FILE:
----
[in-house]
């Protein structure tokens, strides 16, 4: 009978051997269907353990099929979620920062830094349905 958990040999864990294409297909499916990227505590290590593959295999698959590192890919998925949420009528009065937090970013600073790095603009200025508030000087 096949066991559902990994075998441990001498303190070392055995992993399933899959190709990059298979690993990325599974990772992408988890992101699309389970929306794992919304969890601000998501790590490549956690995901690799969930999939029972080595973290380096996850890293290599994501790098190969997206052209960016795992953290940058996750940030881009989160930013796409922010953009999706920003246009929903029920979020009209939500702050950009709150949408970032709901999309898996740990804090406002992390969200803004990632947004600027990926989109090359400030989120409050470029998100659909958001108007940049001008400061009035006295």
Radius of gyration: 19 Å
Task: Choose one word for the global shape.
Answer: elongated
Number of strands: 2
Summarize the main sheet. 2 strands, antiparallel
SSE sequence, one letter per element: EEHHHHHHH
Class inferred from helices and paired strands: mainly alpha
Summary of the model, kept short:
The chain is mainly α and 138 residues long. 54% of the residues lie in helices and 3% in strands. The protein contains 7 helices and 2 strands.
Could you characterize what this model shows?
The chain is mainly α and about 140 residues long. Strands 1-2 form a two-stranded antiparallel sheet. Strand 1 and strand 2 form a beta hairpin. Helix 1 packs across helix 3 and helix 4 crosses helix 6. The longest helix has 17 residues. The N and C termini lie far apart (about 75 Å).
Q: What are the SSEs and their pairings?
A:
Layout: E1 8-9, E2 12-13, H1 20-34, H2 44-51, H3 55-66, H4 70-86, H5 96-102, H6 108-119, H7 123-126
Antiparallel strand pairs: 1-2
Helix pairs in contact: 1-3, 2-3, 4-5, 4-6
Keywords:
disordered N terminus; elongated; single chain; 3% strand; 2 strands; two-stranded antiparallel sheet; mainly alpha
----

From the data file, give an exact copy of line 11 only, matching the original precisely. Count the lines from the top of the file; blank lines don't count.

The chain is mainly α and 138 residues long. 54% of the residues lie in helices and 3% in strands. The protein contains 7 helices and 2 strands.